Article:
Financial benefits

All of the other benefits of preventive maintenance translate into an improved financial picture for the company. In addition to cutting down on waste, avoiding repair costs, prolonging asset life, reducing downtime, and lowering safety risk, preventive maintenance also paves the way for greater efficiency right within the maintenance department. 

By spending more time on smaller maintenance tasks and less time on lengthy repairs, maintenance costs go down. That trend accelerates when companies take the next step to implement predictive maintenance and other more advanced preventive maintenance strategies.

Improved customer satisfaction

Less unexpected downtime means fewer delays in production, improved product quality, and – because of the cost savings mentioned above – a better price point. All of these things lead to better customer satisfaction and an improved brand reputation.

Less emergency maintenance work 

Emergency maintenance is the most expensive and the most dreaded form of maintenance, especially for companies running high-value production equipment.

Routine maintenance insulates an organization from these issues with the added benefit of avoiding overtime and the need to divert resources from other asset management activities.

  • Proactive maintenance scheduling allows for easier planning and procurement of parts and inventory needs
  • PM inspections identify and resolve potential failures that could otherwise lead to breakdowns requiring emergency repair
  • “Always on” systems such as elevators, ventilation, and HVAC have improved reliability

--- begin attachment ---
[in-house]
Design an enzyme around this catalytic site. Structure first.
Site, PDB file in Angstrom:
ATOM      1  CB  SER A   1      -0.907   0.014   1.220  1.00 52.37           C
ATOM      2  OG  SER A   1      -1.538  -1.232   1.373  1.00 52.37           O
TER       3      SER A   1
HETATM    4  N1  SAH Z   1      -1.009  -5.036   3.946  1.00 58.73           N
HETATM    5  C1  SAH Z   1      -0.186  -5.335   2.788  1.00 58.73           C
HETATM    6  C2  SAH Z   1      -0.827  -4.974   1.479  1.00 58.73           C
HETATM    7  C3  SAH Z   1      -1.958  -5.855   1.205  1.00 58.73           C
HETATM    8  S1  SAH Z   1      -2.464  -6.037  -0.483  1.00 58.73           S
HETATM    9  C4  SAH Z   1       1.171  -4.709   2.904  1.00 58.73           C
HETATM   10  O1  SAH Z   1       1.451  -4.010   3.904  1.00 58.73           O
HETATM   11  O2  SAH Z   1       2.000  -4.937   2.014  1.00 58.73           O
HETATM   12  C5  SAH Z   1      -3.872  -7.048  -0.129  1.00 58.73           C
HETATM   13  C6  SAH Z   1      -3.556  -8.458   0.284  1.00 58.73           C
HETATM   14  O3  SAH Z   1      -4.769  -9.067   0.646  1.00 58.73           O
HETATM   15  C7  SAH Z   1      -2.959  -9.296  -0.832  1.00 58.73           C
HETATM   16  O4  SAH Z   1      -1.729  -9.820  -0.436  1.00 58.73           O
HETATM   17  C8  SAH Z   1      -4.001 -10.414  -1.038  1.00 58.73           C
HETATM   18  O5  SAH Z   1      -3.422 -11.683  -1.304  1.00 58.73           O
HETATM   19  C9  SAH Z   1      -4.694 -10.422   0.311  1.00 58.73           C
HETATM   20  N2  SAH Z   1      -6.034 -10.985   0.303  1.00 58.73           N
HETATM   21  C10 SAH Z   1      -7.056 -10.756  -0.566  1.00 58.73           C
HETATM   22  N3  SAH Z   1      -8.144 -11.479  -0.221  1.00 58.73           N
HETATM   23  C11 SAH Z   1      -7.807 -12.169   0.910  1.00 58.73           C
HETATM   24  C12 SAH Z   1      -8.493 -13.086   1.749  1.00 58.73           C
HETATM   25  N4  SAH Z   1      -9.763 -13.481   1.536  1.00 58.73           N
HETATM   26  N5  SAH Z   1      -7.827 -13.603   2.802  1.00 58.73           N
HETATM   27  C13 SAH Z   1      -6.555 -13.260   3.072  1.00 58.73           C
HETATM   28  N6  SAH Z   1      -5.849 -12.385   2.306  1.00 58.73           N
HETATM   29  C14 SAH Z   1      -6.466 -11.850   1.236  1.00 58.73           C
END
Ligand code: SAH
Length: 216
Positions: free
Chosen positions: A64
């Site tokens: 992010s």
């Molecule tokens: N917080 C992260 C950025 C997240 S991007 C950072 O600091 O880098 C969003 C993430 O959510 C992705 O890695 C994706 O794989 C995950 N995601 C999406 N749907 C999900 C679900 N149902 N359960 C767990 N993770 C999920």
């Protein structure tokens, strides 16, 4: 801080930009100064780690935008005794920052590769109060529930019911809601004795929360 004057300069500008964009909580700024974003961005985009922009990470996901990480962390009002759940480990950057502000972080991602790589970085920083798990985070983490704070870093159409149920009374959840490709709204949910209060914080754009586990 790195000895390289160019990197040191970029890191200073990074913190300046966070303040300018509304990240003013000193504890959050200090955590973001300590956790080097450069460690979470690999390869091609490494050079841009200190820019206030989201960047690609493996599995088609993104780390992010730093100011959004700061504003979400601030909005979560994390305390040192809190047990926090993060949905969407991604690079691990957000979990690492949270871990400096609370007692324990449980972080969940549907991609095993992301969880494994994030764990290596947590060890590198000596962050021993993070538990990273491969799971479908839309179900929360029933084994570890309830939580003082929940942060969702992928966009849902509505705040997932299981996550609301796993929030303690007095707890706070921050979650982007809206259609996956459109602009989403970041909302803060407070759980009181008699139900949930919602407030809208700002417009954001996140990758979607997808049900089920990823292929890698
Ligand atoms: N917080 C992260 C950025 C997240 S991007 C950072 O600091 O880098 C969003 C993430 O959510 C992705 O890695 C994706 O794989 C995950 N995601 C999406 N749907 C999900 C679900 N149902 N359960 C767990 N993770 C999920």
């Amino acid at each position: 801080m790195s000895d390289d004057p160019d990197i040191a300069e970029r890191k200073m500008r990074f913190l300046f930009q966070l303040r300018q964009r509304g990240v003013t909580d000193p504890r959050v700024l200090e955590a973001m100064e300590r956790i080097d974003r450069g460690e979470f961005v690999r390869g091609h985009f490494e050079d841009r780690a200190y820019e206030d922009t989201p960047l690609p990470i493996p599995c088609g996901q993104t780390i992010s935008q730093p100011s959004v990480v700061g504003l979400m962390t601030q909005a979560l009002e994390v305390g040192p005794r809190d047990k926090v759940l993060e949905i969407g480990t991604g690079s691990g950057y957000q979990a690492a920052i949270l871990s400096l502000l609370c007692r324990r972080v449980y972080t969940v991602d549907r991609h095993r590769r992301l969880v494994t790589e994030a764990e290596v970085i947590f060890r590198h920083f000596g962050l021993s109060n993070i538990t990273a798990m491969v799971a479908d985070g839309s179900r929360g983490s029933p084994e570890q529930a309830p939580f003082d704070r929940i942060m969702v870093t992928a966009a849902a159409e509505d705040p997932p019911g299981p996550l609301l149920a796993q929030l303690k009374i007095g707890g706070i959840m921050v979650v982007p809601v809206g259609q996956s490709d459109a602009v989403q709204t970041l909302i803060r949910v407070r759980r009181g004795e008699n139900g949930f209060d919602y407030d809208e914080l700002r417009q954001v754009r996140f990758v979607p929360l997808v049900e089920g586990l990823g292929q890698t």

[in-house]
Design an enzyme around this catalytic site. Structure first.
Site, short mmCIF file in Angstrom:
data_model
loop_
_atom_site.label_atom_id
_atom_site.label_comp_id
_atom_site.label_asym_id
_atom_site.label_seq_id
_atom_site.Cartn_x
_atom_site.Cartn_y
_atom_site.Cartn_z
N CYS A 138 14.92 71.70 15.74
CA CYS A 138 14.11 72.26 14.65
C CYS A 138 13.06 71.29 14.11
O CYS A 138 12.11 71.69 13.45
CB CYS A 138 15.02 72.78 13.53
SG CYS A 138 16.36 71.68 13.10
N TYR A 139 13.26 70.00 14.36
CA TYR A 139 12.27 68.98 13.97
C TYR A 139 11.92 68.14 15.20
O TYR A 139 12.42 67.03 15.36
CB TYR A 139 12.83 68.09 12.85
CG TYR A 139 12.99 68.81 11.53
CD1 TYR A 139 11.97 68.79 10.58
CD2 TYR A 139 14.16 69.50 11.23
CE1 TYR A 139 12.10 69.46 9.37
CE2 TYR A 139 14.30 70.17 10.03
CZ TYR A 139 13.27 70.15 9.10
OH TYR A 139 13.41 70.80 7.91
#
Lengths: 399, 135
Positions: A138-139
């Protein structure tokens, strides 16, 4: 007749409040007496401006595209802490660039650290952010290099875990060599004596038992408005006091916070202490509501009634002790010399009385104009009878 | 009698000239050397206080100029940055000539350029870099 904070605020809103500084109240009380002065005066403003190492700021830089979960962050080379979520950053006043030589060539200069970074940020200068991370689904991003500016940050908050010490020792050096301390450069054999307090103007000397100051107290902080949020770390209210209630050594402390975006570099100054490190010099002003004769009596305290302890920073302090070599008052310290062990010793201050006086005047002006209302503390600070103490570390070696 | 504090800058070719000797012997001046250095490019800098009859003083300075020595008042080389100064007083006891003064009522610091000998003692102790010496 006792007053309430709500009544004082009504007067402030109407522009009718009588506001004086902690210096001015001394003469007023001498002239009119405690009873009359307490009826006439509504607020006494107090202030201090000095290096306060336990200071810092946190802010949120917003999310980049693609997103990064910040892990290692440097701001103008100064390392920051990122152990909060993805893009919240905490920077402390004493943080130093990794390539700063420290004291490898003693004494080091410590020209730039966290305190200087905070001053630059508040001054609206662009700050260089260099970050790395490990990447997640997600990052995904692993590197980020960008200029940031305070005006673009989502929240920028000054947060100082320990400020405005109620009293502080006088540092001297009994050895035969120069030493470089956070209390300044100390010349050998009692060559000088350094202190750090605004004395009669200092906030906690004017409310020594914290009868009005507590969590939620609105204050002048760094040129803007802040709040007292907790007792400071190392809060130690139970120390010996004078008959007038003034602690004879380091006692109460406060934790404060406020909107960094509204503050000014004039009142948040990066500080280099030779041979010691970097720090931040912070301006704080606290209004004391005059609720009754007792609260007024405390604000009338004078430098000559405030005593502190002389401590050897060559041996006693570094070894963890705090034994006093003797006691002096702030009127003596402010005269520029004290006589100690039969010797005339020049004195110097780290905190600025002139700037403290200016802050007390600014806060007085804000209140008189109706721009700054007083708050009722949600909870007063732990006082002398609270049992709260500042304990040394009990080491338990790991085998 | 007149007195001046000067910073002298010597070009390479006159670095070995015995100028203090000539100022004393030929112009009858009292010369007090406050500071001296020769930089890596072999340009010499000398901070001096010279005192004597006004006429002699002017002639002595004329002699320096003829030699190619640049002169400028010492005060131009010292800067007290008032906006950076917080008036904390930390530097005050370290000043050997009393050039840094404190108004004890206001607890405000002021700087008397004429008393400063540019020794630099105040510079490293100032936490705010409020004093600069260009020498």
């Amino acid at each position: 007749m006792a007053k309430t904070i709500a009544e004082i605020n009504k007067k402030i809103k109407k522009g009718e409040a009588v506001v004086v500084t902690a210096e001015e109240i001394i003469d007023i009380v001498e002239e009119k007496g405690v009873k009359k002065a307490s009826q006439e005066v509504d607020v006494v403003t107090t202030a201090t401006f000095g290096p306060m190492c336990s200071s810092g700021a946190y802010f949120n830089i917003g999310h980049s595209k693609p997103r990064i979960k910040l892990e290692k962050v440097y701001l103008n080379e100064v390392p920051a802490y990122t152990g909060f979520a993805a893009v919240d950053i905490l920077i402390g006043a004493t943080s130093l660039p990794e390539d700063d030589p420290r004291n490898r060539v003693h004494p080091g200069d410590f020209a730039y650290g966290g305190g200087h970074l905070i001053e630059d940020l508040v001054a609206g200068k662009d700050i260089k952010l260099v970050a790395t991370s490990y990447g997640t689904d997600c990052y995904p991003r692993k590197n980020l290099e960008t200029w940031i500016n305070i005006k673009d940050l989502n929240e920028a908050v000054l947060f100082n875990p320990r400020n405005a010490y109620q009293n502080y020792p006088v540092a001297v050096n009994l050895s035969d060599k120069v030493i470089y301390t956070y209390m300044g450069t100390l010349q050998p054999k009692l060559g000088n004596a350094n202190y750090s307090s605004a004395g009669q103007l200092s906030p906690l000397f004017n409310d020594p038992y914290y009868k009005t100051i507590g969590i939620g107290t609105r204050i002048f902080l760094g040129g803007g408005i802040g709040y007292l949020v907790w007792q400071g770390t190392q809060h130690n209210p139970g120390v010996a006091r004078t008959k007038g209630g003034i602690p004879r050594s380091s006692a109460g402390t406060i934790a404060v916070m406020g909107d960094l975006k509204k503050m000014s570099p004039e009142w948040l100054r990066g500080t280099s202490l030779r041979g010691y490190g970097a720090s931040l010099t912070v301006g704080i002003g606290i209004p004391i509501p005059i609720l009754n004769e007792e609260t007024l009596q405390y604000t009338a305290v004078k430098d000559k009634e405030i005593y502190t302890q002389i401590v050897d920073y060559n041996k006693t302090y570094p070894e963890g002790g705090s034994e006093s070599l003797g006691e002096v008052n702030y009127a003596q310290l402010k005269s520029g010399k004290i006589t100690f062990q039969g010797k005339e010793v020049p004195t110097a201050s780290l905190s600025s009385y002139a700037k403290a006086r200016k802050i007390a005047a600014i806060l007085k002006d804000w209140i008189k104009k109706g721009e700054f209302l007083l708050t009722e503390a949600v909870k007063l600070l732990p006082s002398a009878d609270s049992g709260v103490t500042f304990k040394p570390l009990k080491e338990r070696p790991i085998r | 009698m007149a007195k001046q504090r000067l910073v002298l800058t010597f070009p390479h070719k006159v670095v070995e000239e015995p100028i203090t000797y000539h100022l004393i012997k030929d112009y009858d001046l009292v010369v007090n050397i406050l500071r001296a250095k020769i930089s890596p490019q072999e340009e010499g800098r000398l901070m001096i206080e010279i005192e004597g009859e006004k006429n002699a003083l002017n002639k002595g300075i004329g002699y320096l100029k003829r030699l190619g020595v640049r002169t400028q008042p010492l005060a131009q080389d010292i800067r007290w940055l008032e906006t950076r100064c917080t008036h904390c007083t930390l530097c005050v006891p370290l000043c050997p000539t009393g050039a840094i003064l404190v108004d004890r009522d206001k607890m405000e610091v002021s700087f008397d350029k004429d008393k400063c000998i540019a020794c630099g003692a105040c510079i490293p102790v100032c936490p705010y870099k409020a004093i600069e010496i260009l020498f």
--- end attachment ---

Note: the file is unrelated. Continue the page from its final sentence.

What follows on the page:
• Static cosmetic fixtures have improved service life and quality 

Disadvantages of preventive maintenance

The good must be taken with the bad. As beneficial as preventive maintenance is for many organizations, there are disadvantages to consider as well. Here are some of the most commonly cited hesitations to moving toward a proactive approach. 

Potential for over-maintenance

This is one of the primary disadvantages of preventive maintenance. It is important to regularly take a critical eye to your PM plan. If you are experiencing zero equipment failures, you may have room to loosen the parameters and spread out your PM activities and maintenance technicians. 

Other solutions include the addition of sensors that measure an asset’s working condition to trigger maintenance. Data compiled by a Computerized Maintenance Management System (CMMS) can also be used to detect patterns that can help more precisely plan regular inspections at appropriate intervals. 

Spending resources where they aren’t needed

Some assets simply don’t rise to the level of criticality where a preventive maintenance program is worth the effort. Weighing the contributions an asset makes to operational efficiency against the cost of performing regular maintenance is a good place to strike the right balance. 

It can be a tricky balance to get right, but the most effective maintenance programs use many different approaches to maintenance strategically. 

Watch out for these common preventive maintenance mistakes

Without making the effort to avoid these common mistakes, your preventive maintenance program may not be as effective as it could be. 

  • Not leveraging team expertise: Your team knows your equipment best. Don’t forget to include technician input in your preventive maintenance plan before putting it into place.
  • Not clearly defining maintenance procedures.: Preventive maintenance tasks are performed routinely and as a result, should follow the same steps every time. 
  • Not re-evaluating PM plans over time: Taking a continuous improvement approach will help you learn more about what works and what doesn’t. Experimenting with timeframes and triggers for routine maintenance can help strike the right balance between too much, and just enough maintenance.